When uninformed people leave hoses hanging, or the evaporator tubes open, the moisture that gets in can corrode those parts. Even if they do not leak, small pieces of corrosion can flake off and circulate in a restored system. All AC systems do their thing by releasing pressurized refrigerant through a very tiny port where that pressure drops and the refrigerant gets real cold. If a piece of that corrosion gets stuck in the expansion valve or orifice tube, the flow of refrigerant stops, and so does the cooling action. This is so common, almost all AC system specialists will refuse to work on systems that have been open for even a few weeks. They know there will be leaks or less than satisfactory performance, and the unhappy customer is going to be coming back over and over. Collector car enthusiasts know that, and they will not be willing to pay what the car would be worth. We also look at it as the car was attacked by a do-it-yourselfer, and we have to wonder what else was done that is not easily seen. There is nothing so sad as hopping into a car at a car show, seeing the AC controls on the dash, then finding out the AC system is not there. Specialists will not even use AC system parts from salvage yards if they cannot guarantee they came from a sealed system. Buyers who understand this know they will need to remove the heater box to replace the evaporator, and all other parts will need to be replaced. They will not risk using parts that were not sealed, and having to do the job over again.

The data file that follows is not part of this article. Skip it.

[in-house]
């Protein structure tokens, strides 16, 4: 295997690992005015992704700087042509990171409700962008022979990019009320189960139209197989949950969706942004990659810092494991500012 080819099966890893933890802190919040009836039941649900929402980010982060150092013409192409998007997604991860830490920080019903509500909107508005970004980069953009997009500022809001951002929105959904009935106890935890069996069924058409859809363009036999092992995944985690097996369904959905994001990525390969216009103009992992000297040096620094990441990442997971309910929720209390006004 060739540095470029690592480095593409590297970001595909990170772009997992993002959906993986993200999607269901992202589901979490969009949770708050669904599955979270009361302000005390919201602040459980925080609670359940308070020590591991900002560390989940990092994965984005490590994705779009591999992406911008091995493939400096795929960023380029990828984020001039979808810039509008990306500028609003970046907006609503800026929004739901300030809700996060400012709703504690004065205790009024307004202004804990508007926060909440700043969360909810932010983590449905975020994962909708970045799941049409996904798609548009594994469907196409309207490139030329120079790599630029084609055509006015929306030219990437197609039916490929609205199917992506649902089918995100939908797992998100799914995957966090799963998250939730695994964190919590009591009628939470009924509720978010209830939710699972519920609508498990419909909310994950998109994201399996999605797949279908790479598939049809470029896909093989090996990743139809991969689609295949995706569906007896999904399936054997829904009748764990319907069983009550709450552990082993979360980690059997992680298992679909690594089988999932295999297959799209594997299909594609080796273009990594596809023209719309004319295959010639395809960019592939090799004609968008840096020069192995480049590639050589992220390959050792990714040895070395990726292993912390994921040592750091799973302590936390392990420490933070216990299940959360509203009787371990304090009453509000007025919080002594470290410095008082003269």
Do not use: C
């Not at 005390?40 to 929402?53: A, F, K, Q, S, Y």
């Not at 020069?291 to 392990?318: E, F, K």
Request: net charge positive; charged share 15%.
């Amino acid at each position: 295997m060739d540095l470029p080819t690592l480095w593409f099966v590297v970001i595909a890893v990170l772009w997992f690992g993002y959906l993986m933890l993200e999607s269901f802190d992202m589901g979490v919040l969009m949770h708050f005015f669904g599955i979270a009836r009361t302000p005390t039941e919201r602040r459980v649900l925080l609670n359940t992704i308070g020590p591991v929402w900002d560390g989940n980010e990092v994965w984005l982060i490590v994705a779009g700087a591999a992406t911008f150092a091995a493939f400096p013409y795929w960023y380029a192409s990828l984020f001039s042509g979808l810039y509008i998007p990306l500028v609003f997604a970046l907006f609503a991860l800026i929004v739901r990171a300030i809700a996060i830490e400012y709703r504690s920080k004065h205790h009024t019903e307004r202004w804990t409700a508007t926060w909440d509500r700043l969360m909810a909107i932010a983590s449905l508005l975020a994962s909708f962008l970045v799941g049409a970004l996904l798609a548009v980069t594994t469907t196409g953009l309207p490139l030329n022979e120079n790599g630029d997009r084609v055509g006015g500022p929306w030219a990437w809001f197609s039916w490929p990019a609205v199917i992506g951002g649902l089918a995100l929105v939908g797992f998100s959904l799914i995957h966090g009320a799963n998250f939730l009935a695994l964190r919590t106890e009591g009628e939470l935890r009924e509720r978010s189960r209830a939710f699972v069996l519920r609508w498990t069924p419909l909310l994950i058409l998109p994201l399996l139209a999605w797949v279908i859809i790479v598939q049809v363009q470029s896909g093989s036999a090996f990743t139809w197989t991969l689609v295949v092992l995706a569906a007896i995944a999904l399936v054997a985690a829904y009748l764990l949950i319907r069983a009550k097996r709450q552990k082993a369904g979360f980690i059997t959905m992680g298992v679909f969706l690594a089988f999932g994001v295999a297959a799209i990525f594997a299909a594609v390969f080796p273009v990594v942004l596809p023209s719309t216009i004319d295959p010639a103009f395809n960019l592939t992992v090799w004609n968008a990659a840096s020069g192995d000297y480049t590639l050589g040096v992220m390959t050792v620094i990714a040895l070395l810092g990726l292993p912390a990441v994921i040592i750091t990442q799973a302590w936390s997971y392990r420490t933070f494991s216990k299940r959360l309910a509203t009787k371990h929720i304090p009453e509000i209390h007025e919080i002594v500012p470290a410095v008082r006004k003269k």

The other problem is you are going to huge extremes that are not going to yield your intended results. Your car weighs over 3,000 pounds. The AC compressor and condenser each weight about ten pounds, and that is the weight you think is going to make a noticeable improvement in power. Gasoline weighs seven pounds per gallon. Stop on the side of the road and siphon out three gallons of gas, and you will have removed the same amount of weight.

You also need to understand that all cars from the 1960's with V-8 engines had more power at the wheels than anything from 1975, and a lot of cars from the 1990's and 2000's can outrun your car. 1975 was right in between high-power, dirty 1960's cars that got their power from burning a lot of gas inefficiently, and the current lightweight plastic cars that finesse tons of horsepower from a tiny four-cylinder through computer controls. You can toss out the seats, the dashboard, and the hood, and you still will not get the results you're expecting. In 1978, the Dodge Little Red Express pickup truck was faster than the Corvette. That was with a little small block V-8 engine. It was not because the engineers got carried away. It was because for a few years, cars fell under different emissions rules than for trucks. The car engine designers were severely limited in what they could do. Later, computer controls brought the horsepower back up, but it did for all other cars too. The bottom line is to get the power you want, or the fuel mileage, you are better off buying the car that gives you what you want. Do not destroy what you may regret later.
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Monday, January 9th, 2017 AT 3:42 PM
Tiny
LJLAPINSKI
  • MEMBER
If you know any thing about 1975 Corvettes you will know V8 l42 has about as much horse power as a go cart. Car is one of the ten worse Corvettes ever made. But it is my toy and I love it. Thanks for the help. I will just remove the belt. I do not want to damage the old girl.
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Monday, January 9th, 2017 AT 4:05 PM
Tiny
KEN
  • ADMIN
Sounds good, please use 2Carpros anytime we are here to help.

Best, Ken
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Saturday, January 14th, 2017 AT 11:22 PM